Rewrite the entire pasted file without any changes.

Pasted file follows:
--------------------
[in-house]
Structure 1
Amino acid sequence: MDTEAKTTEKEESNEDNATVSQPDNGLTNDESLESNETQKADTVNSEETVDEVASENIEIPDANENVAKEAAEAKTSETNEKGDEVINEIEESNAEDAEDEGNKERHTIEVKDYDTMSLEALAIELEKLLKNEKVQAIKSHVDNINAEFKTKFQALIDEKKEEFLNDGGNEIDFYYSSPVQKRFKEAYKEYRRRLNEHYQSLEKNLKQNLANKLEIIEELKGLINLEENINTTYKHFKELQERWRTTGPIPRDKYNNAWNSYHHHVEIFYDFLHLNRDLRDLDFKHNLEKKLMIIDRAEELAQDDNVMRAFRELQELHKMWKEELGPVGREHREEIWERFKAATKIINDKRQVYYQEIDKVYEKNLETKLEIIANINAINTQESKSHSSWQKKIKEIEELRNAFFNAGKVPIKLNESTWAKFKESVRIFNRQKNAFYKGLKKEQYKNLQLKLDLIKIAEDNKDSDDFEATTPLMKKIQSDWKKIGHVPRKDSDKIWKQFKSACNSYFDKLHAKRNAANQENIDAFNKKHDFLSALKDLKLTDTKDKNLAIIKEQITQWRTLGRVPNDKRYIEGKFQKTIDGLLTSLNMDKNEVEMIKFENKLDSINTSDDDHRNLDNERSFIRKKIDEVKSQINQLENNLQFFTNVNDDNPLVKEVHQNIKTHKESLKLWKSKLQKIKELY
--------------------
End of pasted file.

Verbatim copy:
[in-house]
Structure 1
Amino acid sequence: MDTEAKTTEKEESNEDNATVSQPDNGLTNDESLESNETQKADTVNSEETVDEVASENIEIPDANENVAKEAAEAKTSETNEKGDEVINEIEESNAEDAEDEGNKERHTIEVKDYDTMSLEALAIELEKLLKNEKVQAIKSHVDNINAEFKTKFQALIDEKKEEFLNDGGNEIDFYYSSPVQKRFKEAYKEYRRRLNEHYQSLEKNLKQNLANKLEIIEELKGLINLEENINTTYKHFKELQERWRTTGPIPRDKYNNAWNSYHHHVEIFYDFLHLNRDLRDLDFKHNLEKKLMIIDRAEELAQDDNVMRAFRELQELHKMWKEELGPVGREHREEIWERFKAATKIINDKRQVYYQEIDKVYEKNLETKLEIIANINAINTQESKSHSSWQKKIKEIEELRNAFFNAGKVPIKLNESTWAKFKESVRIFNRQKNAFYKGLKKEQYKNLQLKLDLIKIAEDNKDSDDFEATTPLMKKIQSDWKKIGHVPRKDSDKIWKQFKSACNSYFDKLHAKRNAANQENIDAFNKKHDFLSALKDLKLTDTKDKNLAIIKEQITQWRTLGRVPNDKRYIEGKFQKTIDGLLTSLNMDKNEVEMIKFENKLDSINTSDDDHRNLDNERSFIRKKIDEVKSQINQLENNLQFFTNVNDDNPLVKEVHQNIKTHKESLKLWKSKLQKIKELY